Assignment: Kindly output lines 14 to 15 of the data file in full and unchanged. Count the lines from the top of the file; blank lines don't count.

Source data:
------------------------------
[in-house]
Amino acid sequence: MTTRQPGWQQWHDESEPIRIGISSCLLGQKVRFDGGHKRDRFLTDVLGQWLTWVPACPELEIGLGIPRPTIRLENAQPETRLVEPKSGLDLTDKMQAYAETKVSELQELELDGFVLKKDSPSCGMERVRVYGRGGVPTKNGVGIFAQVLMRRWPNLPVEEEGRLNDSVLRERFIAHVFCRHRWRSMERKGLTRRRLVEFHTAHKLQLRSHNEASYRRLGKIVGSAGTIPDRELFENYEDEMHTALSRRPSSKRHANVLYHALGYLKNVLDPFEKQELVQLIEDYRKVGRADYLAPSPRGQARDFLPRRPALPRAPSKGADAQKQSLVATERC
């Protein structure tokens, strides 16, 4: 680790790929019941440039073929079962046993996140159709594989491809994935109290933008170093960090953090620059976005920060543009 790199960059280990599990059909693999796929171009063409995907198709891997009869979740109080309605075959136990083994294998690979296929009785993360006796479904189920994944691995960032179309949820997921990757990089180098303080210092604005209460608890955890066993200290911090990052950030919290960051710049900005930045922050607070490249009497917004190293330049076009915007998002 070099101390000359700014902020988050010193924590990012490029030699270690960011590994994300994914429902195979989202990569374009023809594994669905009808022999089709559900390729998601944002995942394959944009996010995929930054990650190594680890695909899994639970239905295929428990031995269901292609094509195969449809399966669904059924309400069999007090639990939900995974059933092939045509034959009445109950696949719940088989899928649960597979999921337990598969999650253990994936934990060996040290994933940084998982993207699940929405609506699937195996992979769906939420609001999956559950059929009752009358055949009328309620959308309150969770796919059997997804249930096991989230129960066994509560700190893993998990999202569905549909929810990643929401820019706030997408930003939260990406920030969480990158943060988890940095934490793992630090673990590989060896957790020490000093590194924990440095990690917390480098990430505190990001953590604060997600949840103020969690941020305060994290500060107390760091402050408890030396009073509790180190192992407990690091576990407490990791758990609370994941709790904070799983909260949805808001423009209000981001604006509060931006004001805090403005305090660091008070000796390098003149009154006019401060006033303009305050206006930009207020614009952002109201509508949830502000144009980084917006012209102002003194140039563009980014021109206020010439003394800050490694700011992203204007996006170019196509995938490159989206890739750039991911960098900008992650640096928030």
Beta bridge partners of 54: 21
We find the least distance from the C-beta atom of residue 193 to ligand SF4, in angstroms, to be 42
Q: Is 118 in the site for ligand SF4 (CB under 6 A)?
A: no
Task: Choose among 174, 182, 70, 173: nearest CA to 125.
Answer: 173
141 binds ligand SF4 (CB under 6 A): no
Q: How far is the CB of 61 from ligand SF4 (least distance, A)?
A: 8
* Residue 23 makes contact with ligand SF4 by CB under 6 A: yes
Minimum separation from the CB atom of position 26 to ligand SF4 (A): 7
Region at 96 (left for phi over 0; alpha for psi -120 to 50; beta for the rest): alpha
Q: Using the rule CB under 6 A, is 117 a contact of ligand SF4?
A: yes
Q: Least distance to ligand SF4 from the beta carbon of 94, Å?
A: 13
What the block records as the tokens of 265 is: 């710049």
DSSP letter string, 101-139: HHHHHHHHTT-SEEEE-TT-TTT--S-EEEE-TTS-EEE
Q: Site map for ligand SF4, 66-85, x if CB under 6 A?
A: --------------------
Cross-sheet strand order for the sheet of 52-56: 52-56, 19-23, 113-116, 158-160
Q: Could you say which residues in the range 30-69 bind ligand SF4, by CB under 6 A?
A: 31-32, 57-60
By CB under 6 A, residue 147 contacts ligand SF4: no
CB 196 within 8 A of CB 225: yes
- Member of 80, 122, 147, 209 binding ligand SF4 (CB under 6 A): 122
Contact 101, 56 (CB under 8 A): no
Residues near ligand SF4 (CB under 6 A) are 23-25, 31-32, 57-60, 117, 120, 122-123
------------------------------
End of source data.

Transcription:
Minimum separation from the CB atom of position 26 to ligand SF4 (A): 7
Region at 96 (left for phi over 0; alpha for psi -120 to 50; beta for the rest): alpha